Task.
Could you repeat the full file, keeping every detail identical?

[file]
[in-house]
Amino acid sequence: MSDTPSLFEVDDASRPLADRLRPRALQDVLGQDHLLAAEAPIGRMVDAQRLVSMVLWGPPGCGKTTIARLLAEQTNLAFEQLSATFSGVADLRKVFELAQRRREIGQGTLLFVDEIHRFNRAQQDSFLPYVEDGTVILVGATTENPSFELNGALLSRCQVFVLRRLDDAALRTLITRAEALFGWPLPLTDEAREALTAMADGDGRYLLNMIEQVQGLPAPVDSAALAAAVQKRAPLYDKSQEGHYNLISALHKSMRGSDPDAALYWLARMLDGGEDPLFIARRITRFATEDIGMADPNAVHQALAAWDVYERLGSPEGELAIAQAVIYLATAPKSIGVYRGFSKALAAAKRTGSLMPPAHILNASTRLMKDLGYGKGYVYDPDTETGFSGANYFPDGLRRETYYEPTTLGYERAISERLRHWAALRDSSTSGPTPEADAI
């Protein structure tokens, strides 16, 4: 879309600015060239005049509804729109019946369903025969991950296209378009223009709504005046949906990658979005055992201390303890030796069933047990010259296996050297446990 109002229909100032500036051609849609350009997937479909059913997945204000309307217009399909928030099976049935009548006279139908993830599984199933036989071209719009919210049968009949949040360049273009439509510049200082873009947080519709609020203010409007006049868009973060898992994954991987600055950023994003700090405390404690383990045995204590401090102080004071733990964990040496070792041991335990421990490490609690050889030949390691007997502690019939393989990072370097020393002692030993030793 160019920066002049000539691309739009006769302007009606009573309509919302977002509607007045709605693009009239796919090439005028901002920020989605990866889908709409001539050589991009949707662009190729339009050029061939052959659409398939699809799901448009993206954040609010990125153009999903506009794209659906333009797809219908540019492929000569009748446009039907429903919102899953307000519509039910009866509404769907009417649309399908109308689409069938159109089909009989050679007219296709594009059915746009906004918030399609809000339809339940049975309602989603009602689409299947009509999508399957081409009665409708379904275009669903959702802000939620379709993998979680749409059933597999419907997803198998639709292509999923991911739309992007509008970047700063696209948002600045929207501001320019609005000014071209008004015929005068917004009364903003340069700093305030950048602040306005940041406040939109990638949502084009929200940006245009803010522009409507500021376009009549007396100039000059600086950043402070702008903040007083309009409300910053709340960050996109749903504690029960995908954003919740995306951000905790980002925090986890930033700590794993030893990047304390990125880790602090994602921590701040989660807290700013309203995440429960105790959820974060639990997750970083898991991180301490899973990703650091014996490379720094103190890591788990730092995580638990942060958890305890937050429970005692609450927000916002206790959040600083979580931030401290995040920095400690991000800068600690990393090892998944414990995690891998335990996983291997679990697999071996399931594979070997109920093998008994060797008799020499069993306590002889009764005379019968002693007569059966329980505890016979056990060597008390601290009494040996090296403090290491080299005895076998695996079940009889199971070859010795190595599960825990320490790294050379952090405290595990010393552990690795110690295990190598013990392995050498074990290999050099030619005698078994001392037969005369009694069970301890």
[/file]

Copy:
[in-house]
Amino acid sequence: MSDTPSLFEVDDASRPLADRLRPRALQDVLGQDHLLAAEAPIGRMVDAQRLVSMVLWGPPGCGKTTIARLLAEQTNLAFEQLSATFSGVADLRKVFELAQRRREIGQGTLLFVDEIHRFNRAQQDSFLPYVEDGTVILVGATTENPSFELNGALLSRCQVFVLRRLDDAALRTLITRAEALFGWPLPLTDEAREALTAMADGDGRYLLNMIEQVQGLPAPVDSAALAAAVQKRAPLYDKSQEGHYNLISALHKSMRGSDPDAALYWLARMLDGGEDPLFIARRITRFATEDIGMADPNAVHQALAAWDVYERLGSPEGELAIAQAVIYLATAPKSIGVYRGFSKALAAAKRTGSLMPPAHILNASTRLMKDLGYGKGYVYDPDTETGFSGANYFPDGLRRETYYEPTTLGYERAISERLRHWAALRDSSTSGPTPEADAI
């Protein structure tokens, strides 16, 4: 879309600015060239005049509804729109019946369903025969991950296209378009223009709504005046949906990658979005055992201390303890030796069933047990010259296996050297446990 109002229909100032500036051609849609350009997937479909059913997945204000309307217009399909928030099976049935009548006279139908993830599984199933036989071209719009919210049968009949949040360049273009439509510049200082873009947080519709609020203010409007006049868009973060898992994954991987600055950023994003700090405390404690383990045995204590401090102080004071733990964990040496070792041991335990421990490490609690050889030949390691007997502690019939393989990072370097020393002692030993030793 160019920066002049000539691309739009006769302007009606009573309509919302977002509607007045709605693009009239796919090439005028901002920020989605990866889908709409001539050589991009949707662009190729339009050029061939052959659409398939699809799901448009993206954040609010990125153009999903506009794209659906333009797809219908540019492929000569009748446009039907429903919102899953307000519509039910009866509404769907009417649309399908109308689409069938159109089909009989050679007219296709594009059915746009906004918030399609809000339809339940049975309602989603009602689409299947009509999508399957081409009665409708379904275009669903959702802000939620379709993998979680749409059933597999419907997803198998639709292509999923991911739309992007509008970047700063696209948002600045929207501001320019609005000014071209008004015929005068917004009364903003340069700093305030950048602040306005940041406040939109990638949502084009929200940006245009803010522009409507500021376009009549007396100039000059600086950043402070702008903040007083309009409300910053709340960050996109749903504690029960995908954003919740995306951000905790980002925090986890930033700590794993030893990047304390990125880790602090994602921590701040989660807290700013309203995440429960105790959820974060639990997750970083898991991180301490899973990703650091014996490379720094103190890591788990730092995580638990942060958890305890937050429970005692609450927000916002206790959040600083979580931030401290995040920095400690991000800068600690990393090892998944414990995690891998335990996983291997679990697999071996399931594979070997109920093998008994060797008799020499069993306590002889009764005379019968002693007569059966329980505890016979056990060597008390601290009494040996090296403090290491080299005895076998695996079940009889199971070859010795190595599960825990320490790294050379952090405290595990010393552990690795110690295990190598013990392995050498074990290999050099030619005698078994001392037969005369009694069970301890």